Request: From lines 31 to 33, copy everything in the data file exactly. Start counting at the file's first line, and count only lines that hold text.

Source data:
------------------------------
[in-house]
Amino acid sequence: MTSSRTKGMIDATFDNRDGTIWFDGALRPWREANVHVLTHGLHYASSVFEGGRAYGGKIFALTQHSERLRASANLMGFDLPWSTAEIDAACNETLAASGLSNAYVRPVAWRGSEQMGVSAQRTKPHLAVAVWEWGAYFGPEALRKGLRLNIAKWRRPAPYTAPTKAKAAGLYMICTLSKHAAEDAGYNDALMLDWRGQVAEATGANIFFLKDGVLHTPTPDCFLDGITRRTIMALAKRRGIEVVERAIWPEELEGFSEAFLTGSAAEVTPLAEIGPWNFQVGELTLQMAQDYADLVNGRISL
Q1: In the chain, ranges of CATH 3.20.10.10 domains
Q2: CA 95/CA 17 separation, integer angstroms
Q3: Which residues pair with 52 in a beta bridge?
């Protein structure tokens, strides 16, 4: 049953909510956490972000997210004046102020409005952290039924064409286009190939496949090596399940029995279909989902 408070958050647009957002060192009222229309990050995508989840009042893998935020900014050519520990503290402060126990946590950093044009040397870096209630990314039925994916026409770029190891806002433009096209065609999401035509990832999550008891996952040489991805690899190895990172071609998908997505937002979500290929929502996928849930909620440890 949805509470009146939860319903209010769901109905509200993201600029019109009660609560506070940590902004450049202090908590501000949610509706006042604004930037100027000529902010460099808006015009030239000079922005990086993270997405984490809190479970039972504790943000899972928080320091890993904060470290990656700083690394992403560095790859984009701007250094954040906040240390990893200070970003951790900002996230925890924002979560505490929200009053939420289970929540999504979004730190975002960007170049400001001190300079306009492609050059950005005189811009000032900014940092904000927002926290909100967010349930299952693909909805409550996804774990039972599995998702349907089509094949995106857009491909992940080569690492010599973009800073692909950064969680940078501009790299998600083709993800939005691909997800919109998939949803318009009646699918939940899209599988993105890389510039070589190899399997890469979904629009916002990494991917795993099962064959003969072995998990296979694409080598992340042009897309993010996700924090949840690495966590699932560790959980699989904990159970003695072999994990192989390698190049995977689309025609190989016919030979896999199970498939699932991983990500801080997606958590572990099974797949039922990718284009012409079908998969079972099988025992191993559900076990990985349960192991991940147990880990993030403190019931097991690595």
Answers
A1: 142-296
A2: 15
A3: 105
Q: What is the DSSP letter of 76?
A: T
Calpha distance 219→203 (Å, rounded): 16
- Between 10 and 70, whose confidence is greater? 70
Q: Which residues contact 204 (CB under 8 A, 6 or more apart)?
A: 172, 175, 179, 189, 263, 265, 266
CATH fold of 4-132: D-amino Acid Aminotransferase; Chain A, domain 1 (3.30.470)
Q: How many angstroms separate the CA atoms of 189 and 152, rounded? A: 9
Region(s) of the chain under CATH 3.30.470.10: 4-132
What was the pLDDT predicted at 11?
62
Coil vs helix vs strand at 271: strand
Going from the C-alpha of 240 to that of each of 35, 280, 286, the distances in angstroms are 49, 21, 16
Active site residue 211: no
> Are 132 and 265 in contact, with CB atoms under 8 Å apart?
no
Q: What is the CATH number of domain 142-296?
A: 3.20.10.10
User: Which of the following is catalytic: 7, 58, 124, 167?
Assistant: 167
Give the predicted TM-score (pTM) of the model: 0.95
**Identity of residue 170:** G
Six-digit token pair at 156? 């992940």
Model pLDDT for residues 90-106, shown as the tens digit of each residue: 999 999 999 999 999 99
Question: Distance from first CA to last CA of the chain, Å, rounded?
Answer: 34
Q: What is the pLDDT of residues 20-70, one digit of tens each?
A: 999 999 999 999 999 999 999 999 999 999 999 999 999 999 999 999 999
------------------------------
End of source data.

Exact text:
Give the predicted TM-score (pTM) of the model: 0.95
**Identity of residue 170:** G
Six-digit token pair at 156? 């992940």